UT's D Earns A

John Chavis' defense could have sued UT's offense for nonsupport last season, and was unfortunate enough to suffer the same fate, although it played winning football for most of the 2005 campaign and deserved better.

Against California the stop troops set the tone early with an intensity and physical brand of ball that rocked the Golden Bears' offense back on its heels and destroyed its timing. UT's young LB corps flew to the football and blitzed the QB into costly mistakes. The secondary could be Tennessee's best since the late 90s, and the defensive ends were better than advertised.

Playing with a comfortable lead allowed the defense to be aggressive and get a lot of players in the game. Depth will be a key to how good the Vols can be on this side of the ball in 2006.

Here's the top to bottom defensive ratings for the Tennessee-California game. Grades of 90-100 are regarded as championship quality. Grades of 80-89 equate to top 25 worthy, grades of 70-79 are winning marks. Grades of 60-69 are passing but problematical and won't be good enough to defeat a quality opponent. Any grade below 60 is considered failing. Special teams are included among defensive ratings but they aren't factored into the defense's total score.

LINEBACKERS (95) Tennessee's trio of starting linebackers were the Vols top three tacklers, led by Ryan Karl with nine stops. Jerrod Mayo recorded seven tackles including three sacks for minus 20 yards, while senior Marvin Mitchell added another seven stops from his MLB post, including two behind the line of scrimmage. Rico McCoy had two tackles in the first action of his college career, and Ellix Wilson added one off the bench. A quick, active group that swarm the ball and strike with authority. SECONDARY (94) Jonathan Wade seemed to be around every pass California's Nate Longshore attempted in the first half, as he finished with three of UT's nine breakups. Inky Johnson had six stops, picked off a pass and returned it nine yards. Antwan Stewart had four tackles and brought back an INT for 22 yards. Demetrice Morley had four solo stops and a pass breakup. Solid work by a unit that has the potential to get a lot better before the season is out.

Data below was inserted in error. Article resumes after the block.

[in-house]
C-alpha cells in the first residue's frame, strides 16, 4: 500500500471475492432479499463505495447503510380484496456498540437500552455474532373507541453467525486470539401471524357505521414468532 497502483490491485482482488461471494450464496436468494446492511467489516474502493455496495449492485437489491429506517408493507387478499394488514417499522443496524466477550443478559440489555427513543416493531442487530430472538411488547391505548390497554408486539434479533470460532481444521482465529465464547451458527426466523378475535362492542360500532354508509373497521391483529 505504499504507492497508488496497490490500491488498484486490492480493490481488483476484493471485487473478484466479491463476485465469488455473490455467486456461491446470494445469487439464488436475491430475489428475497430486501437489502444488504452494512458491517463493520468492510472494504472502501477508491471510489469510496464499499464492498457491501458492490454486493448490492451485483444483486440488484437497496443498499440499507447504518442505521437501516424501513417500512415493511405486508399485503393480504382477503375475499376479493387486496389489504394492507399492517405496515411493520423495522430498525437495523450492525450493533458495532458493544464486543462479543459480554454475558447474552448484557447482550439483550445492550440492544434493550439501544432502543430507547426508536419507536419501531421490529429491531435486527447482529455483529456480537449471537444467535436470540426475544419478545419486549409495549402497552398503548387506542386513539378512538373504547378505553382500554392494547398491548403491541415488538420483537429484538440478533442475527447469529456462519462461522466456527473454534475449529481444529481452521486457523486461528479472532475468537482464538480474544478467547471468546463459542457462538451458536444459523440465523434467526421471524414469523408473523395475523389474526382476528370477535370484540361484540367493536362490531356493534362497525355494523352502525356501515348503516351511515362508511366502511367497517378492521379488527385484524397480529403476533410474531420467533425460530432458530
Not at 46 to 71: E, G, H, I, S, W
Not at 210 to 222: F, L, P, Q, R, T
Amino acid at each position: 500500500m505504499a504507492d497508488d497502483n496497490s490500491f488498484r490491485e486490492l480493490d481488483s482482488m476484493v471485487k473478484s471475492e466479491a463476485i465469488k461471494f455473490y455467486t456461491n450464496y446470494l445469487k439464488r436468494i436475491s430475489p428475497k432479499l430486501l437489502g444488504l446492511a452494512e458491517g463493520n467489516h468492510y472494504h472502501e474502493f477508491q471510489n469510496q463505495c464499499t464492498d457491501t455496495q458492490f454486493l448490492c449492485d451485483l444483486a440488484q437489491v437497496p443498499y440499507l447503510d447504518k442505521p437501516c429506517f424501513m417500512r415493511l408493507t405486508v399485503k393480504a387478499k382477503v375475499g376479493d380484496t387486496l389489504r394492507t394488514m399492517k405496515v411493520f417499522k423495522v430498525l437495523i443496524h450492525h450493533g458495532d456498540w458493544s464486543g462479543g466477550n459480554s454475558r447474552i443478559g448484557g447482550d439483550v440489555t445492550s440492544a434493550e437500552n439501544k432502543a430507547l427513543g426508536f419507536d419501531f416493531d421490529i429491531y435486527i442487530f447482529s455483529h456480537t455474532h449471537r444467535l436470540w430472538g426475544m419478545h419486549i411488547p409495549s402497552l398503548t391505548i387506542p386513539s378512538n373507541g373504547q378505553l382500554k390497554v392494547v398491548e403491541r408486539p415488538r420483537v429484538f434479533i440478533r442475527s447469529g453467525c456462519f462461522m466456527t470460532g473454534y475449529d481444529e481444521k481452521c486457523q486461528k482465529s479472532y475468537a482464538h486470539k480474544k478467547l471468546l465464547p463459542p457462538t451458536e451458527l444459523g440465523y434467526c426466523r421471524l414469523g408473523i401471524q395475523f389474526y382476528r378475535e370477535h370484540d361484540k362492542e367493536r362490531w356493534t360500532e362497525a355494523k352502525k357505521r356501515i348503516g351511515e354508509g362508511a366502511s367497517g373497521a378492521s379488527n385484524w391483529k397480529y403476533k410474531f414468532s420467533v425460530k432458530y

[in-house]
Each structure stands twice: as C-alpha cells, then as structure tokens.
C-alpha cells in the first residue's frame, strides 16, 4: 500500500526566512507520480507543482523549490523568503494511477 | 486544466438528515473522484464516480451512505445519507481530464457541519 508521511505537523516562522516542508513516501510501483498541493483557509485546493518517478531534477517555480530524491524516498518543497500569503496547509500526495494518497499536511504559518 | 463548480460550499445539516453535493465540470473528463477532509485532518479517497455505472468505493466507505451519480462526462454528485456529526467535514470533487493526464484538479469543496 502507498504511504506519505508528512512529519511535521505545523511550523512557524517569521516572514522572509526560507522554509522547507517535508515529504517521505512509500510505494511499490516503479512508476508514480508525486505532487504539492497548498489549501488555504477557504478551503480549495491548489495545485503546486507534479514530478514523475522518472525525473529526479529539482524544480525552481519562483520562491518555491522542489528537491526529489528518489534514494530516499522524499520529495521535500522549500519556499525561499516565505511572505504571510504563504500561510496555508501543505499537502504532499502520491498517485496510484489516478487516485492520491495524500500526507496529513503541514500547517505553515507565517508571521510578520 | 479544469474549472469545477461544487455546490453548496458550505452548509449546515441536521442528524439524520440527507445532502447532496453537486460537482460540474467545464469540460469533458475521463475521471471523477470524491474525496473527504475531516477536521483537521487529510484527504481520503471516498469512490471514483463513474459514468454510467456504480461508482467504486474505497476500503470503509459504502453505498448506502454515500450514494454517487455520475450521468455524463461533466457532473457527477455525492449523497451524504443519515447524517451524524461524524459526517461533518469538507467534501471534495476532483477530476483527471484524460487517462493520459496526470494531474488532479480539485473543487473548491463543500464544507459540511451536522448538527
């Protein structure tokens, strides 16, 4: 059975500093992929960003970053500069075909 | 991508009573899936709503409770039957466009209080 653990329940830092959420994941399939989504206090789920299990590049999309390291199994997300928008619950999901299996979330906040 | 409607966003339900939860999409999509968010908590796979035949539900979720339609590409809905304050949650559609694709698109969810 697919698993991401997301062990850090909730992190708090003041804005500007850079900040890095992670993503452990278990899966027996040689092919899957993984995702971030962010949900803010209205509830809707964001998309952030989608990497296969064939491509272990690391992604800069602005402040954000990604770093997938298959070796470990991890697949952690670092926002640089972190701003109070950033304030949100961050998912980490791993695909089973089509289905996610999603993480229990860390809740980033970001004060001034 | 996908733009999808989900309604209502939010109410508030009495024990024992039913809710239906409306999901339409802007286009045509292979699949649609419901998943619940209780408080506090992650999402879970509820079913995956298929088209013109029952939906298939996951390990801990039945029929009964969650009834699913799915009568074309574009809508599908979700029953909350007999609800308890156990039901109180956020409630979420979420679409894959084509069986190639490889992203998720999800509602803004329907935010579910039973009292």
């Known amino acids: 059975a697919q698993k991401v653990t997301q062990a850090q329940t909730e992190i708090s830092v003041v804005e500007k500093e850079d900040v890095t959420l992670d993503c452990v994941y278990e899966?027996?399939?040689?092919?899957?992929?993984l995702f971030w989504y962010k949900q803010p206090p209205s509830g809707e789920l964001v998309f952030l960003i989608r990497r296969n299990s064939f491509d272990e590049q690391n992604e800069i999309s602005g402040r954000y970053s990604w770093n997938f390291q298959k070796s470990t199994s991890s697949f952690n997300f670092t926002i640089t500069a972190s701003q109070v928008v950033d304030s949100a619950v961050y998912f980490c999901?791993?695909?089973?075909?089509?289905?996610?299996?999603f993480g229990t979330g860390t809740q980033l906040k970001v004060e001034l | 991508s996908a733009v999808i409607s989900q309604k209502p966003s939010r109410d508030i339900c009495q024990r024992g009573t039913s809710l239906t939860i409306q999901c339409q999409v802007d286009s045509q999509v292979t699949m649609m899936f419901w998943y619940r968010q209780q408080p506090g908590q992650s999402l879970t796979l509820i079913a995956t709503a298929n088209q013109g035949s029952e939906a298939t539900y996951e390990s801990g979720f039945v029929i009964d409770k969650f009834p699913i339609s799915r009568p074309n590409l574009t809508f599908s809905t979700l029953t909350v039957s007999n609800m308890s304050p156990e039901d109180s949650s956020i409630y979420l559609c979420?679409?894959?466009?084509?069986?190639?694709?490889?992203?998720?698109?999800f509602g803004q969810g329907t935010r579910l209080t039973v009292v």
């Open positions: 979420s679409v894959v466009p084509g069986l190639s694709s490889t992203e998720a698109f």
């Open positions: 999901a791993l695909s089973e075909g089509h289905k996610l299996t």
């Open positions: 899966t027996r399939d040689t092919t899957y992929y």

DEFENSIVE LINE (90) Nothing spectacular from this group but sound play that allowed UT's linebackers to chase the ball and pressure the quarterback. The Vols were able to get some young reserves valuable playing time. High marks to Turk McBride for playing at both defensive end and tackle during the contest. He remains a key to how good this group might be in 2006.

SPECIAL TEAMS (88) Tennessee's special teams didn't win this game for the Vols, but they didn't lose it either which is definite improvement over the recent past. Good punting by Britton Colquitt (41.3 yard average) and James Wilhoit put three of his kickoffs in the end zone for setbacks, while knocking home five extra points. No fumbles or penalties on returns and no big plays allowed.

OVERALL (92) Only California's 15-point fourth quarter lowers the Vols overall defensive mark, as they dominated the first three quarters of play until the late letdown. Tennessee needs to get more pressure from its down linemen, and the development of depth in the trenches remains a priority. Still there's a lot of speed and talent on this side of the ball, and the coaching is outstanding.

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